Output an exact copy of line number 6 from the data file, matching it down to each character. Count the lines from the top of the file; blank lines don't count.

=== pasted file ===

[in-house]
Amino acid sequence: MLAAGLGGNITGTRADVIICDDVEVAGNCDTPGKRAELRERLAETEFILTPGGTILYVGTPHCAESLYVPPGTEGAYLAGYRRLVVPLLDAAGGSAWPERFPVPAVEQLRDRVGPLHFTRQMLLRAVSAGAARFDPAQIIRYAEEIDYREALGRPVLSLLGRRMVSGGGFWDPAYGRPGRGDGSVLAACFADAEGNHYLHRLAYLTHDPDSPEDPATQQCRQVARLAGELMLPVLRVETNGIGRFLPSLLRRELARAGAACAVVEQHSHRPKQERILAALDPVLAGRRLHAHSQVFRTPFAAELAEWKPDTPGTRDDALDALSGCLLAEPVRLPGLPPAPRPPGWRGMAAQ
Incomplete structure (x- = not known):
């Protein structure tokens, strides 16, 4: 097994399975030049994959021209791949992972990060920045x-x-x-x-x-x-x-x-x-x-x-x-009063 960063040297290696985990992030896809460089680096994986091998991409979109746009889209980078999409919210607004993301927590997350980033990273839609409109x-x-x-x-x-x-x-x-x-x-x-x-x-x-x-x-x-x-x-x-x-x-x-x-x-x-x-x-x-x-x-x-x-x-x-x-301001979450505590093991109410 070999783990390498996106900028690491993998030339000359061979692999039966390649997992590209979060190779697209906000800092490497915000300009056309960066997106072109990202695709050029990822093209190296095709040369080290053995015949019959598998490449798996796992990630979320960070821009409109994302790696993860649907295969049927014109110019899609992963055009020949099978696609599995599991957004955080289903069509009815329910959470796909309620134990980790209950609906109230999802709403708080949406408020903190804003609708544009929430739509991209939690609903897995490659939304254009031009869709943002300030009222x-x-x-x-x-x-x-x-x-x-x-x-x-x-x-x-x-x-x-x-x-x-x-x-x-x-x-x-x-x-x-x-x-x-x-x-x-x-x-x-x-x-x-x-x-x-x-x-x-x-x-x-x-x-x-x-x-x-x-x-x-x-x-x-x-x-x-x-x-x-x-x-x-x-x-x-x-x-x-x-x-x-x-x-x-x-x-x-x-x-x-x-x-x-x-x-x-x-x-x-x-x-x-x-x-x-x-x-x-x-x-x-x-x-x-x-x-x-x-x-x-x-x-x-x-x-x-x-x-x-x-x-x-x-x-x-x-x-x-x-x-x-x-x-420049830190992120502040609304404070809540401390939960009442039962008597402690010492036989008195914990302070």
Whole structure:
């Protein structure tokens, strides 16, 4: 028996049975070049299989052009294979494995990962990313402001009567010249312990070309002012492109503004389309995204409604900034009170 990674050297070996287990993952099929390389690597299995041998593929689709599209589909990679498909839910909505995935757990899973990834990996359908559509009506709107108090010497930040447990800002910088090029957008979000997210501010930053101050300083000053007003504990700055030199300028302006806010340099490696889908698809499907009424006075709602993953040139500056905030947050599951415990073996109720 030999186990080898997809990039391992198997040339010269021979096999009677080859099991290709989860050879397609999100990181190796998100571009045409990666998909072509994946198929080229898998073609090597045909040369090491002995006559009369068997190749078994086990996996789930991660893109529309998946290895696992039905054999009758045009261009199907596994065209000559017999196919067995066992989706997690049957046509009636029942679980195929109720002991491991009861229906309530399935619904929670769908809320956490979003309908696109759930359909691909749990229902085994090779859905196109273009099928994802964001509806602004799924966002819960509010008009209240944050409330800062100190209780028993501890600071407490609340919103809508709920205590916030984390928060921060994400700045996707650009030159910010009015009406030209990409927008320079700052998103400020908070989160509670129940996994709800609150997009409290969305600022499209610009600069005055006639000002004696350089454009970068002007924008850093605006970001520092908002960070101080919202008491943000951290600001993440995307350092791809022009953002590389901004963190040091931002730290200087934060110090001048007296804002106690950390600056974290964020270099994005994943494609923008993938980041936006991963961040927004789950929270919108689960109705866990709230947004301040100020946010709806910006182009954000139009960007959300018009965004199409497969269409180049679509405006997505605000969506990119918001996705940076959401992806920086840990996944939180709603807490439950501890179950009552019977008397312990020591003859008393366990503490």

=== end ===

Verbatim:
């Protein structure tokens, strides 16, 4: 028996049975070049299989052009294979494995990962990313402001009567010249312990070309002012492109503004389309995204409604900034009170 990674050297070996287990993952099929390389690597299995041998593929689709599209589909990679498909839910909505995935757990899973990834990996359908559509009506709107108090010497930040447990800002910088090029957008979000997210501010930053101050300083000053007003504990700055030199300028302006806010340099490696889908698809499907009424006075709602993953040139500056905030947050599951415990073996109720 030999186990080898997809990039391992198997040339010269021979096999009677080859099991290709989860050879397609999100990181190796998100571009045409990666998909072509994946198929080229898998073609090597045909040369090491002995006559009369068997190749078994086990996996789930991660893109529309998946290895696992039905054999009758045009261009199907596994065209000559017999196919067995066992989706997690049957046509009636029942679980195929109720002991491991009861229906309530399935619904929670769908809320956490979003309908696109759930359909691909749990229902085994090779859905196109273009099928994802964001509806602004799924966002819960509010008009209240944050409330800062100190209780028993501890600071407490609340919103809508709920205590916030984390928060921060994400700045996707650009030159910010009015009406030209990409927008320079700052998103400020908070989160509670129940996994709800609150997009409290969305600022499209610009600069005055006639000002004696350089454009970068002007924008850093605006970001520092908002960070101080919202008491943000951290600001993440995307350092791809022009953002590389901004963190040091931002730290200087934060110090001048007296804002106690950390600056974290964020270099994005994943494609923008993938980041936006991963961040927004789950929270919108689960109705866990709230947004301040100020946010709806910006182009954000139009960007959300018009965004199409497969269409180049679509405006997505605000969506990119918001996705940076959401992806920086840990996944939180709603807490439950501890179950009552019977008397312990020591003859008393366990503490």